Pricing measures for healthier diets


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Pricing policies can promote healthier diets by encouraging industry
to reformulate products and by influencing the purchase and consumption of
food and drinks.

Rethink sugary drinks

Health levy on sugary drinks

A health levy on sugary drinks is an effective tool to reduce sugar consumption and to encourage manufacturers to reduce sugar content. It can lead to benefits for all – consumers who drink less sugar, governments with increased revenue to fund health promotion and drink companies who have an incentive to manufacture lower sugar products in line with what consumers expect.

Levies or taxes on sugary drinks have been implemented in more than 50 countries around the world, and evidence shows a drop in consumption of high sugar options following introduction in many countries.

Food for Health Alliance is one of 20 leading public health organisations supporting the Rethink Sugary Drink campaign which is calling for a 20% health levy on sugary drinks in Australia.

Evidence base for a sugary drinks levy

Why is a health levy on sugary drinks a good idea in Australia?

Australians get a lot (just over half) of their free sugar from sugary drinks, and this is highest among young men age 18-24.

One way we can address this is to put a levy on sugary drinks, or on the companies that make those drinks. Sugary drinks companies can then either reduce the amount of sugar in their drink to avoid or minimise the levy, or choose to sell their drink at a higher price than a similar drink with lower sugar content. Australians benefit through reduced sugar content in drinks, reduced sugar consumption and through increased government revenue that can be used to fund health promotion interventions.

Sugary drinks levies or taxes are now common around the world, in place in more than 50 countries. Research in many countries shows reduced consumption following introduction, and also shows they can encourage manufacturers to reduce the sugar content in their drinks.

Read more about the case for a health levy on sugar sweetened beverages in Australia.

Do other countries have health levies or taxes on sugary drinks?

More than 50 countries across the globe have implemented a levy on sugar sweetened beverages. Read about the effects these taxes have had on consumption and reformulation on the Obesity Evidence Hub.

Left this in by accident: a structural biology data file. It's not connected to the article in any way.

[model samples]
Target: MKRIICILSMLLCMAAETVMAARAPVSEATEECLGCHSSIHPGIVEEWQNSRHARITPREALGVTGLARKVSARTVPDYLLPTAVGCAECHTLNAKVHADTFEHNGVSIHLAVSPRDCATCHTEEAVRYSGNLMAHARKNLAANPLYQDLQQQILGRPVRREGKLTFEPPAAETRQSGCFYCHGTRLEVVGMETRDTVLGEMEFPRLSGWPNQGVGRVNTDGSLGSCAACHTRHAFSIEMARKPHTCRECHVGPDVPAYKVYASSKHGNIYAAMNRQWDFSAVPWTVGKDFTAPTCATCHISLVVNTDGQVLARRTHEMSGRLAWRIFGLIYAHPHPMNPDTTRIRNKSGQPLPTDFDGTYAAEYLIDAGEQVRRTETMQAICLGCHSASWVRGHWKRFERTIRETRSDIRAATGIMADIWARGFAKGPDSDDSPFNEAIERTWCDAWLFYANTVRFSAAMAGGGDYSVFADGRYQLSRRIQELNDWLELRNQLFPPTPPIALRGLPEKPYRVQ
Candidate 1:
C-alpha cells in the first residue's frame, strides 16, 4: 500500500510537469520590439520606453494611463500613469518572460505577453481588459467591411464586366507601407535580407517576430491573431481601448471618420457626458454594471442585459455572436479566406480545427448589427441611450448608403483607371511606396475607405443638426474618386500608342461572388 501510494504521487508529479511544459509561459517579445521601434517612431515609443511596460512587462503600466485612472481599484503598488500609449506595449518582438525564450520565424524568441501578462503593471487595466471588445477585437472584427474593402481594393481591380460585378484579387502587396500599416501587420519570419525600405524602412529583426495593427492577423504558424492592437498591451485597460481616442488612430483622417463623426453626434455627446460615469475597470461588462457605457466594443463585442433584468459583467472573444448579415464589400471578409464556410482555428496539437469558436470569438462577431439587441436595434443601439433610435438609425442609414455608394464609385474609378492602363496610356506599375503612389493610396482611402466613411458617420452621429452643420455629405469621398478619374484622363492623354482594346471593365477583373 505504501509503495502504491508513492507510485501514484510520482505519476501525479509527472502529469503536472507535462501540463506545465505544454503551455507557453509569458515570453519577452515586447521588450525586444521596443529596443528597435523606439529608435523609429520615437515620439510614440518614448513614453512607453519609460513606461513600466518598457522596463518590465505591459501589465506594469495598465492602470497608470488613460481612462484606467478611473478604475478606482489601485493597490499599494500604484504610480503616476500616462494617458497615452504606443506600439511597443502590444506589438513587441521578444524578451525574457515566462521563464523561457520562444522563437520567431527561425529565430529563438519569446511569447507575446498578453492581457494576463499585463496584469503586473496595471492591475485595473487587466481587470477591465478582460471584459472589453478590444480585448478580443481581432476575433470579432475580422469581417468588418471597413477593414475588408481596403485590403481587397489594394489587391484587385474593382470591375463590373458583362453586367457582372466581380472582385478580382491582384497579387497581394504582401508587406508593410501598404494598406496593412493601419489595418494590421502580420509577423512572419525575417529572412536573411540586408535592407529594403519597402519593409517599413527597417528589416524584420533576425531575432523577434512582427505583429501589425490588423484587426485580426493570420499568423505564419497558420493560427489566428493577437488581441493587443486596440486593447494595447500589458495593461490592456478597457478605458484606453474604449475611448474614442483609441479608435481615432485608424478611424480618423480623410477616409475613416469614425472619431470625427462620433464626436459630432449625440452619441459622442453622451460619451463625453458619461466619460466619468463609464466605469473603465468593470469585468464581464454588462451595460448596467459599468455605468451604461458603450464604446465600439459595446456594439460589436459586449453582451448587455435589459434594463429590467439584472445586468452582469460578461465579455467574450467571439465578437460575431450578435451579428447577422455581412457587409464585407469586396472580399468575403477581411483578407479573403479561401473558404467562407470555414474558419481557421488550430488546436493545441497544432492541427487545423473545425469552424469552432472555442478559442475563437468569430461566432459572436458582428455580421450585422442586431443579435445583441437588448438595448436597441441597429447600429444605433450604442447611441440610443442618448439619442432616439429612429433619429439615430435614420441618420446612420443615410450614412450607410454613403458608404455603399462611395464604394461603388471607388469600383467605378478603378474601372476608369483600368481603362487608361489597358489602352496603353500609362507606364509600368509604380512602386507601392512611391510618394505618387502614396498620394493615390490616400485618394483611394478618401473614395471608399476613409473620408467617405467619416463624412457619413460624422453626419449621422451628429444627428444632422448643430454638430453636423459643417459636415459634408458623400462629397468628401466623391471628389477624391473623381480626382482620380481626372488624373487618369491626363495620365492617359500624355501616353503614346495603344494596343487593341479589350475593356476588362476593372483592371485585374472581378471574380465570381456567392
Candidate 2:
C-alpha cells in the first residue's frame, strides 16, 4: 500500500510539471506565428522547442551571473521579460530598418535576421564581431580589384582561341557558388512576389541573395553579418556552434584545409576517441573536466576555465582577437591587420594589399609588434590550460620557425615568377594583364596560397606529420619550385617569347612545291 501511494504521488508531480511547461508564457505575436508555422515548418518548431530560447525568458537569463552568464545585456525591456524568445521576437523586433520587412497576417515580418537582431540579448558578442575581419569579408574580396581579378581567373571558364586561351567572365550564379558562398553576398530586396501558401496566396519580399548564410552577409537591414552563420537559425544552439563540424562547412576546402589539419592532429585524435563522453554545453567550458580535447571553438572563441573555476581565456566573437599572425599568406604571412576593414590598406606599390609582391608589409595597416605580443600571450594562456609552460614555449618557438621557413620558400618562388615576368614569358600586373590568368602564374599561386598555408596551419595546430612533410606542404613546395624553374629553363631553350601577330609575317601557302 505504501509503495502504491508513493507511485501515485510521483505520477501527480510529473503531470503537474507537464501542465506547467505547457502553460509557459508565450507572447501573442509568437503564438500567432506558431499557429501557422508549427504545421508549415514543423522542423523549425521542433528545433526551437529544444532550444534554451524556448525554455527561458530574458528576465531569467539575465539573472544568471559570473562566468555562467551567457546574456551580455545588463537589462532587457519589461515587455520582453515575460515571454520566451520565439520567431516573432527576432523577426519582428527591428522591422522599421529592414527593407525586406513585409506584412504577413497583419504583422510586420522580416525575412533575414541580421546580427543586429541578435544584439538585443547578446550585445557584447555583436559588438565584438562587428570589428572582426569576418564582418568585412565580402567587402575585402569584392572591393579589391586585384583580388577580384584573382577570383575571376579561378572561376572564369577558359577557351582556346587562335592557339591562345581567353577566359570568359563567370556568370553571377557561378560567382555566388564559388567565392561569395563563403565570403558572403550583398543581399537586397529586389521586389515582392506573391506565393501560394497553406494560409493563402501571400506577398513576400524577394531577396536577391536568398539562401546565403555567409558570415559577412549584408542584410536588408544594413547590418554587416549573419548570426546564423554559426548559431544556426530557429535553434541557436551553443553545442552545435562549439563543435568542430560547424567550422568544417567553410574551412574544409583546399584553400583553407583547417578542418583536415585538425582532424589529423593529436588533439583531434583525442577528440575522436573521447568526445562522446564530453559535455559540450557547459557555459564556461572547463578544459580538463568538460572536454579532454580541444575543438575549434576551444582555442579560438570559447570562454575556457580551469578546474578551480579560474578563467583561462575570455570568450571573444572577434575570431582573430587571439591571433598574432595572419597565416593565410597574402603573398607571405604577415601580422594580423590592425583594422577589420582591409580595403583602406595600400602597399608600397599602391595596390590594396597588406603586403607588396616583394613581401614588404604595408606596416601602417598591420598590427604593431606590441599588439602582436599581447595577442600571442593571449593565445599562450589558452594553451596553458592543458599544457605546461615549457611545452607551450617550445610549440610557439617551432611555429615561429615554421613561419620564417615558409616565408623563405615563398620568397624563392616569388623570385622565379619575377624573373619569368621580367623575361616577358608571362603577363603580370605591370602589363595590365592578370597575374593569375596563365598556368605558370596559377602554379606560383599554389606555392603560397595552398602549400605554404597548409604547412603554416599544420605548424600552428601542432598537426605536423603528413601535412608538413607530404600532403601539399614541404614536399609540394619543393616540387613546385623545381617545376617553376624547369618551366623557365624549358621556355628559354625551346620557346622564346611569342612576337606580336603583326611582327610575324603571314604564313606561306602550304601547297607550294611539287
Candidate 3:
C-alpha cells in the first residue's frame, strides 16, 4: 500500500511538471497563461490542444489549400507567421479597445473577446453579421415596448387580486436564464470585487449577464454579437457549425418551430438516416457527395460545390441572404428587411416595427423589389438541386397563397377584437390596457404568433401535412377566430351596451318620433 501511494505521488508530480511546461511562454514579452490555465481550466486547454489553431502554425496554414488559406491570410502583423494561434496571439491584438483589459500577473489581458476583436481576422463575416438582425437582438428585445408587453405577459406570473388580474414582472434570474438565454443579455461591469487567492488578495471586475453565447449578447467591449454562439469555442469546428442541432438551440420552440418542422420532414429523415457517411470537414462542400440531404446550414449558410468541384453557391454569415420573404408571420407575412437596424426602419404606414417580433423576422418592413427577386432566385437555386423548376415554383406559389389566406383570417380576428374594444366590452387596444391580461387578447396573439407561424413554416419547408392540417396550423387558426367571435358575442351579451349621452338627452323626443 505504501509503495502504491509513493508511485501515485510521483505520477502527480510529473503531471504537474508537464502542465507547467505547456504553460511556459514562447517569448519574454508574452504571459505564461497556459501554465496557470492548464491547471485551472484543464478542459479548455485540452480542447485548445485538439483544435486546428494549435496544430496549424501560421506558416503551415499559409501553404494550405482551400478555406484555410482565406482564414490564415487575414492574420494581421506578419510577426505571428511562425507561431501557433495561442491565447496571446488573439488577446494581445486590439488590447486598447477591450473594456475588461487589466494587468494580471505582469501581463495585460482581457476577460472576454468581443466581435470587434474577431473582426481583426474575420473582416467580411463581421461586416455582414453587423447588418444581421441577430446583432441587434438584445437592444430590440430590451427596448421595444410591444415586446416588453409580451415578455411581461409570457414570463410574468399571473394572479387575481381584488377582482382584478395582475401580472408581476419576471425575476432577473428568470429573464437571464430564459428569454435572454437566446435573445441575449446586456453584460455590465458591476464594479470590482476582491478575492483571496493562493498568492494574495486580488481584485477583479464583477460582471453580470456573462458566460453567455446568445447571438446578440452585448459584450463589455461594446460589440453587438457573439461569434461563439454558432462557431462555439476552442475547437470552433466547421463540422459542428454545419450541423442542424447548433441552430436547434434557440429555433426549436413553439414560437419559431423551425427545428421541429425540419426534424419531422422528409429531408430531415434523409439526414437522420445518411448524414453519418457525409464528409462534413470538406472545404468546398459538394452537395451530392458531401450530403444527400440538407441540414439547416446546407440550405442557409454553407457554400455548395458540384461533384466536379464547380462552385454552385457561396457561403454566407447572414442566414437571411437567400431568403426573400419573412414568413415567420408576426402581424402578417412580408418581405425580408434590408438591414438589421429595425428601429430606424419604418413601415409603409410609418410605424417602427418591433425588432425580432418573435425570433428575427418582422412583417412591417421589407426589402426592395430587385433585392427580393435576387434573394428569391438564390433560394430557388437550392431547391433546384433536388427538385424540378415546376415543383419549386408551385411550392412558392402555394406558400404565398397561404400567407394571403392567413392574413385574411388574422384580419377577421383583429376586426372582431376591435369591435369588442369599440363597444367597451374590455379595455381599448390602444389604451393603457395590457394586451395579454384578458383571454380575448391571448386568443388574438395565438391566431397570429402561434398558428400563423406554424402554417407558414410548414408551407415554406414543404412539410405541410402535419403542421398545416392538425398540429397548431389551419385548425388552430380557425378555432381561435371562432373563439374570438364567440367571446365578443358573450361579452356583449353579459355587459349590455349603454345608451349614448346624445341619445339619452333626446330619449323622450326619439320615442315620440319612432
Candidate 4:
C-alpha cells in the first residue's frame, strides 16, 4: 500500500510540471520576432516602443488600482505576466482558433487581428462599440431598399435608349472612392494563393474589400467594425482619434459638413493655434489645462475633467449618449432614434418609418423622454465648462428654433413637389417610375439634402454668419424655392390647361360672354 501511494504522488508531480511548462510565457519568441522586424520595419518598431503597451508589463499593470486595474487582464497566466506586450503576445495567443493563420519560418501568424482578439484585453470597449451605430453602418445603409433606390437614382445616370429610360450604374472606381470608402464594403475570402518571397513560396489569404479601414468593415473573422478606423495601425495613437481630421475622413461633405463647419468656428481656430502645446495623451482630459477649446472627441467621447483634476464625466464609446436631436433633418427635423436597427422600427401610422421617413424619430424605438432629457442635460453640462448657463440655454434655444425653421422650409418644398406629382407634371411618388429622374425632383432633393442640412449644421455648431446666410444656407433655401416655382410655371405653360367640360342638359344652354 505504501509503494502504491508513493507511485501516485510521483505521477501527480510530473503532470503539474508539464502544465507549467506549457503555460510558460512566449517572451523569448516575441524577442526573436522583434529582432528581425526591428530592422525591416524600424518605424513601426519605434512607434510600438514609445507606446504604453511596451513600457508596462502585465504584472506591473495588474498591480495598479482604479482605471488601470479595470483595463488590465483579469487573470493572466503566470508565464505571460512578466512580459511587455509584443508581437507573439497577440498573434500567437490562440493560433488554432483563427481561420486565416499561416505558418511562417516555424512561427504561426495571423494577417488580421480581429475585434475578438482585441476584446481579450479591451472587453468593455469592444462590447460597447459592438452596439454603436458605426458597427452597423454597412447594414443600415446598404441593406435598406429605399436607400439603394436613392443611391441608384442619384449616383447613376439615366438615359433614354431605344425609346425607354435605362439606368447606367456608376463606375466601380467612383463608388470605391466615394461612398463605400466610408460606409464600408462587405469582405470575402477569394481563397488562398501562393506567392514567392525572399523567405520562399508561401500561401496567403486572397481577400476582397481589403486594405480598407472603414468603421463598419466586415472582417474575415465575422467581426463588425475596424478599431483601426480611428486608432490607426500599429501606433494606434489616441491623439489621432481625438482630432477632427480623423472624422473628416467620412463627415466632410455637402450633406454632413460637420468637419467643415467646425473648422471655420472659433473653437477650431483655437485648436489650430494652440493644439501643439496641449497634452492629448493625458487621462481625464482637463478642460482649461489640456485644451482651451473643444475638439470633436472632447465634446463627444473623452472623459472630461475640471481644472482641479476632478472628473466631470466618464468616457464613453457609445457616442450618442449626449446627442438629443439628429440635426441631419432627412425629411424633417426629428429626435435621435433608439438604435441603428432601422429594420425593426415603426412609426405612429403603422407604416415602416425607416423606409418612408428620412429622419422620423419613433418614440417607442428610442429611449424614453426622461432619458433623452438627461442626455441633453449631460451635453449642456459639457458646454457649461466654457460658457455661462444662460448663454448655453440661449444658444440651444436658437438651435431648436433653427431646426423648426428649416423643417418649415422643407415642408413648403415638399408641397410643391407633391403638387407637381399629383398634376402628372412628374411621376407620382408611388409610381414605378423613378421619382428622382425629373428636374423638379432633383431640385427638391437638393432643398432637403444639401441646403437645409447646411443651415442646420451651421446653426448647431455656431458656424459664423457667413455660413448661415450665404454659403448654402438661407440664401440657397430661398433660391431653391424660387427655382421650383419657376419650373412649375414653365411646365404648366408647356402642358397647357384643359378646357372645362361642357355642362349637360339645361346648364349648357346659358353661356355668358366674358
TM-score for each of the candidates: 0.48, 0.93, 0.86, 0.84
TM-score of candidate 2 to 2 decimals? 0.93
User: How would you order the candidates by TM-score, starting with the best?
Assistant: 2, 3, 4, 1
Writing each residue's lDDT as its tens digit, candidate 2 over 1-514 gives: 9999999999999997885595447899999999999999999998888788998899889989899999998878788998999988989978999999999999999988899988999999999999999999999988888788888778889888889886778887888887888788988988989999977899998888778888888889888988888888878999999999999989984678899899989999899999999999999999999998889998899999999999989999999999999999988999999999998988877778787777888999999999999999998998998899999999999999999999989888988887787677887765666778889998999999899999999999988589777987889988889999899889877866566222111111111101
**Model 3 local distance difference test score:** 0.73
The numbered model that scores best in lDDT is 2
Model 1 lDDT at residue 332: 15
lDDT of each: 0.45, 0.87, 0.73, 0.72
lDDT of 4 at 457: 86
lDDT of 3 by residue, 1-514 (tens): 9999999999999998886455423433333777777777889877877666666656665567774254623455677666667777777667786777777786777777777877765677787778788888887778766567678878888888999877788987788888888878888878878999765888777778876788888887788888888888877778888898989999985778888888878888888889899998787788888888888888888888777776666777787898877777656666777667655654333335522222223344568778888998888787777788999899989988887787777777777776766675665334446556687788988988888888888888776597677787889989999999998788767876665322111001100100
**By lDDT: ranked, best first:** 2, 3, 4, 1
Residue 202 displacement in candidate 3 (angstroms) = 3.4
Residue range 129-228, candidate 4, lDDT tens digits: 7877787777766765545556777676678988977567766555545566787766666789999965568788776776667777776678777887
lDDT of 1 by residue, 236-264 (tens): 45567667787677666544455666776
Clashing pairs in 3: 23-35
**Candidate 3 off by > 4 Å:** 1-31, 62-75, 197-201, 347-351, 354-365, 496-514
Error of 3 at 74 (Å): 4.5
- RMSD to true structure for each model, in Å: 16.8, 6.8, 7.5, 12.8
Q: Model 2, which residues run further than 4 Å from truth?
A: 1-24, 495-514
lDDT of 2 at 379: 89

How should a health levy on sugary drinks be designed?

The design of a health levy on sugar sweetened beverages would need to consider, the type of tax, its target, the tax rate and how to use the funds raised. Public health organisations advocate for revenue from a levy to be put into obesity prevention and for a levy that is high enough to impact manufacturer and purchasing behaviour. Read more on how should an Australian tax on sugar sweetened beverages be designed?.

What are the arguments against a health levy on sugary drinks?

Unsurprisingly, the Australian beverage industry is opposed to the introduction of a health levy on sugary drinks. The World Health Organization says that arguments against sugar-sweetened beverage taxes are usually either false or greatly overstated. Read more about the opposition arguments and the public health response.

Pricing measures for healthier diets

GST free fruits & vegetables

Price subsidies on fruits and vegetables that reduce prices by 10–30% are effective in increasing fruit and vegetable consumption.

Australia is currently meeting international best practices in exempting fruit and vegetables from the goods and services tax, and we advocate for this to continue.

Less than 10% of Australian adults eat the recommended five servings of vegetables each day and around half do not reach the recommended two serves of fruit. Poor diet is a major contributor to disease and illness. Policy measures to encourage and facilitate better diets, including the consumption of fruit and vegetables, should be retained and supported. To read more, visit the Obesity Evidence Hub


child holding veggies in a bowl

Shocking diet data sparks public health call for urgent government action

Poor diets among children have increased according to ABS National Health Survey 2022 data.

WHO consultation on draft guideline on fiscal policies to promote healthy diets

Fiscal policies, like a levy on sugar sweetened beverages, can influence purchasing behaviour and as part of a comprehensive set of measures to improve diets and reduce overweight and obesity in Australia. Read our submission on the World Health Organizations draft guideline for fiscal policies to promote healthy diets. Read our submission

Learn more

Protecting children from unhealthy food marketing 

Learn about protecting children from the processed food industry’s unhealthy food marketing.

Improving baby and toddler foods

Learn about improving the composition, labelling and promotion of ready-made foods for babies and toddlers to support good health.

Improving food labelling

Labelling of packaged foods should provide accurate information that enables consumers to make choices in line with dietary guidelines. Learn about our work to improve food labelling.

Pricing measures for healthier diets

Pricing measures can promote healthier diets through encouraging reformulation by industry and by influencing the purchase and consumption of food and drinks.

National & international strategies

Learn about the frameworks and strategies that play an important role in changing the food environment to better support healthier diets.